This analysis works for full-deficiency states like Alabama. In other words, states in which the bank’s foreclosure bid price is credited against the mortgage loan balance, and the borrower will still owe the difference.
Let’s start with average lenders. The lender will bid its “asset value” at the foreclosure auction. That is not the Fair Market Value (FMV) of the property. The asset value is the cash the lender expects to have left in its hands after it forecloses, pays all the expenses of foreclosing and managing the property (lawyers, advertising, recording, property management fees to check on the property once a month, needed repairs before they can sell it, taxes, insurance, HOA dues, plus sales expenses of closing costs and real estate commissions).
They must also assign a time value of money to this, and discount the net proceeds to present. For example, suppose the property is worth $120,000. The lender thinks they will net $100,000 when they finally sell the property in 18 months. They also know that $100,000 in 18 months is worth less than $100,000 today. So, the expectation of receiving $100,000 in 18 months might be worth only $83,000 today. Also, paying $3,000 for repairs today but not getting repaid until 18 months later, might make today’s expense the equivalent of $3,540. All that number-massaging has to be gone through.
You also have to consider, especially in Alabama, that the FMV of a foreclosure property is less than the FMV of a regular property. A house worth $120,000 in a sale between a regular buyer and seller, might be worth only $100,000 if it’s a foreclosure. There are several reasons for that:
- In Alabama, the 12-month right of redemption depresses prices because title is at risk for 12 months. It also limits the pool of potential buyers. Most homeowners will not buy a foreclosure property during the redemption period because they do not want to take the risk of buying, nesting in, and then having to move if there is a redemption. As a result, when you are determining the fair market value, you can’t look at the entire market place to see what people pay for a similar property. The bank has to look at the marketplace of foreclosure properties sold to a limited group of buyers.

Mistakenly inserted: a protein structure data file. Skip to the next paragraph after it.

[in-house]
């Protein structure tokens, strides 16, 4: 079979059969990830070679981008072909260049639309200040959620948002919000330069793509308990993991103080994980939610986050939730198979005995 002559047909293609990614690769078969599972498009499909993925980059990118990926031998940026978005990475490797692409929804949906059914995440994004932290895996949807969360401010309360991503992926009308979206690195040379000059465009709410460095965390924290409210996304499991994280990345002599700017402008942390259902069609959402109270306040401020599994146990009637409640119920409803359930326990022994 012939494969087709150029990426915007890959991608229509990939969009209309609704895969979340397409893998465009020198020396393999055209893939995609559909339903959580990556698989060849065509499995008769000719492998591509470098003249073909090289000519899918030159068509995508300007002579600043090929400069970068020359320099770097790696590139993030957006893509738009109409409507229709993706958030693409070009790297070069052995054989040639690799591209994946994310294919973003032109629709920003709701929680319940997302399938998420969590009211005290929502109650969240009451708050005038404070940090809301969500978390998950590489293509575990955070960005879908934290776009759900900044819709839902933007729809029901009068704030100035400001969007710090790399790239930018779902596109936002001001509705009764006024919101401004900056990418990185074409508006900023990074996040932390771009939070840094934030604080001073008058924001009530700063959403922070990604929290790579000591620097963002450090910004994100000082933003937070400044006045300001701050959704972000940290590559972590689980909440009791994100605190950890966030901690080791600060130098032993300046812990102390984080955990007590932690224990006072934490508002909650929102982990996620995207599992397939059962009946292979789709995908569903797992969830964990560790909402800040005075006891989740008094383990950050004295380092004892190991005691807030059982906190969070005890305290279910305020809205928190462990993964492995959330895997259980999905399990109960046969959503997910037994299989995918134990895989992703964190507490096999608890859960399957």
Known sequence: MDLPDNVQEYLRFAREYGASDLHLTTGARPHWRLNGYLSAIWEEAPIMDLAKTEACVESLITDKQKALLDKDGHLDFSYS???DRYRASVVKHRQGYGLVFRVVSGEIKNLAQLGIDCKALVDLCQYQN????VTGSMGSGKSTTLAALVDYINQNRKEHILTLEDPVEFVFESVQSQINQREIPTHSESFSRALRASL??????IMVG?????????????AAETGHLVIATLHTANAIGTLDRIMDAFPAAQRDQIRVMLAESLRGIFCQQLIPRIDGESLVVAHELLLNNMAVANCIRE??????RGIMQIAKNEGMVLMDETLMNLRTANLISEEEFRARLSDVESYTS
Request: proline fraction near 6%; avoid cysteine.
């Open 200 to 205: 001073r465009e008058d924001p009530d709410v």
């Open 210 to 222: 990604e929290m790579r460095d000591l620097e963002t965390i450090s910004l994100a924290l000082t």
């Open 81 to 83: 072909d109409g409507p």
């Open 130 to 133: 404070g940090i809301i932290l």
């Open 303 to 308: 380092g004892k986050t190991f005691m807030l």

- Because the owners are gone, buyers are able to obtain only a limited amount of information about the property. They can’t ask questions like “Where is the septic tank?” or “Does that stain on the ceiling represent a current roof leak or an old one that has been fixed?” This chills the selling price.
- Because of both of the above reasons, investors are the most likely buyers for foreclosure properties. Investors usually pay less than a residential owner-occupant would pay. Investors are buying properties to flip, or to rent, or both. They can’t make money if they pay top dollar.
The foreclosing lender does not get a special appraisal to account for the matters above. Instead, their computers take it into account when figuring out an “asset value” after the appraiser provides the FMV. The computer might shave an extra 5% off the asset value, to account for this.
After the property is foreclosed, the ORE department will order another appraisal, for its own purposes.
Some lenders bid the full loan payoff at closing. Those lenders have already decided they will not pursue the borrower for a deficiency. Typically, those are loans owned by Freddie Mac or Fannie Mae, as examples. Rather than calculate an asset value, they just save time and money and bid the full loan payoff. Then the ORE department orders its own appraisal and markets the property.
Why is this important, besides just understanding the process?
First, if you go to a foreclosure auction on a Fannie Mae property, you will probably not buy it. That’s because Fannie will bid its full loan payoff. If you know ahead of time, you are not puzzled and perplexed.
Second, if you are trying to get a short sale approved, the net proceeds at closing must be reasonably close to the bank’s calculated asset value. In other words, if the real FMV is $120,000, but the bank thinks the present value of its asset is $80,000, then you just need a short sale offer that well net them around $77,000 or more. They are not going to quibble with you over $3,000 less than their asset value, because the whole asset value algorithm has a lot of guess work in it. Don’t take my word for it that the number is always $3,000. My point is, you don’t have to net them as much as their predetermined asset value.
Now that you understand the process, you should understand that with short sales, you have the opportunity to buy a $120,000 property for $77,000.
Is that a good thing to understand?
Is that a good reason to fill out the paperwork and wait for the approvals?
Of course it is! Also good for the borrower, because usually the borrower will receive full deficiency forgiveness as part of the negotiated short sale. Good for everybody except the bank, but they’ve already decided what they will accept, so they are not unhappy with the sale.